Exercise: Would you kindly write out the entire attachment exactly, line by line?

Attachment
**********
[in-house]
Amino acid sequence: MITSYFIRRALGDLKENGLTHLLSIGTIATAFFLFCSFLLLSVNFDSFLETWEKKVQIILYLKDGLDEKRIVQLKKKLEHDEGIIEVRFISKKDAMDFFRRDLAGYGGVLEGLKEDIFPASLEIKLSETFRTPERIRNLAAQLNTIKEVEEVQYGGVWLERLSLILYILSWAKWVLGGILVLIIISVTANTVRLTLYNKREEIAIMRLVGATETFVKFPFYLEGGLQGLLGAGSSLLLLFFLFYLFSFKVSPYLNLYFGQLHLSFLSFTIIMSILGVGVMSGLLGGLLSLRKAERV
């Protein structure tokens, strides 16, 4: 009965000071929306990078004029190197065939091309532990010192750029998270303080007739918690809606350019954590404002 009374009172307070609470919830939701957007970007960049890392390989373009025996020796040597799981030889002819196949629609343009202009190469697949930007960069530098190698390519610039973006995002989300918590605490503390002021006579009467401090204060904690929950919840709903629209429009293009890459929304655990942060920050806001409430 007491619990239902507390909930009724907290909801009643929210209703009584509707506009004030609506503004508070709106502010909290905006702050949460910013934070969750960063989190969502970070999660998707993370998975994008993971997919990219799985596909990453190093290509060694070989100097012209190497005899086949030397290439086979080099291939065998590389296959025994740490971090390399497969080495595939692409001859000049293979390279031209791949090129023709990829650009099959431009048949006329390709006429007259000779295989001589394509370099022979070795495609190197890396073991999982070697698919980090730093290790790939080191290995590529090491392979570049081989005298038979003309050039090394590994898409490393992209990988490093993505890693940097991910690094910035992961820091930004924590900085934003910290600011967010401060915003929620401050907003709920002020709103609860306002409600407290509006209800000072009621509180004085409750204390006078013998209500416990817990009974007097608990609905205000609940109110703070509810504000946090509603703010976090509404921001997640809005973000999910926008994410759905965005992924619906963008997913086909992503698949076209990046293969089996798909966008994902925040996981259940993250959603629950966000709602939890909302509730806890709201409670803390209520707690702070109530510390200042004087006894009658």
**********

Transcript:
[in-house]
Amino acid sequence: MITSYFIRRALGDLKENGLTHLLSIGTIATAFFLFCSFLLLSVNFDSFLETWEKKVQIILYLKDGLDEKRIVQLKKKLEHDEGIIEVRFISKKDAMDFFRRDLAGYGGVLEGLKEDIFPASLEIKLSETFRTPERIRNLAAQLNTIKEVEEVQYGGVWLERLSLILYILSWAKWVLGGILVLIIISVTANTVRLTLYNKREEIAIMRLVGATETFVKFPFYLEGGLQGLLGAGSSLLLLFFLFYLFSFKVSPYLNLYFGQLHLSFLSFTIIMSILGVGVMSGLLGGLLSLRKAERV
């Protein structure tokens, strides 16, 4: 009965000071929306990078004029190197065939091309532990010192750029998270303080007739918690809606350019954590404002 009374009172307070609470919830939701957007970007960049890392390989373009025996020796040597799981030889002819196949629609343009202009190469697949930007960069530098190698390519610039973006995002989300918590605490503390002021006579009467401090204060904690929950919840709903629209429009293009890459929304655990942060920050806001409430 007491619990239902507390909930009724907290909801009643929210209703009584509707506009004030609506503004508070709106502010909290905006702050949460910013934070969750960063989190969502970070999660998707993370998975994008993971997919990219799985596909990453190093290509060694070989100097012209190497005899086949030397290439086979080099291939065998590389296959025994740490971090390399497969080495595939692409001859000049293979390279031209791949090129023709990829650009099959431009048949006329390709006429007259000779295989001589394509370099022979070795495609190197890396073991999982070697698919980090730093290790790939080191290995590529090491392979570049081989005298038979003309050039090394590994898409490393992209990988490093993505890693940097991910690094910035992961820091930004924590900085934003910290600011967010401060915003929620401050907003709920002020709103609860306002409600407290509006209800000072009621509180004085409750204390006078013998209500416990817990009974007097608990609905205000609940109110703070509810504000946090509603703010976090509404921001997640809005973000999910926008994410759905965005992924619906963008997913086909992503698949076209990046293969089996798909966008994902925040996981259940993250959603629950966000709602939890909302509730806890709201409670803390209520707690702070109530510390200042004087006894009658």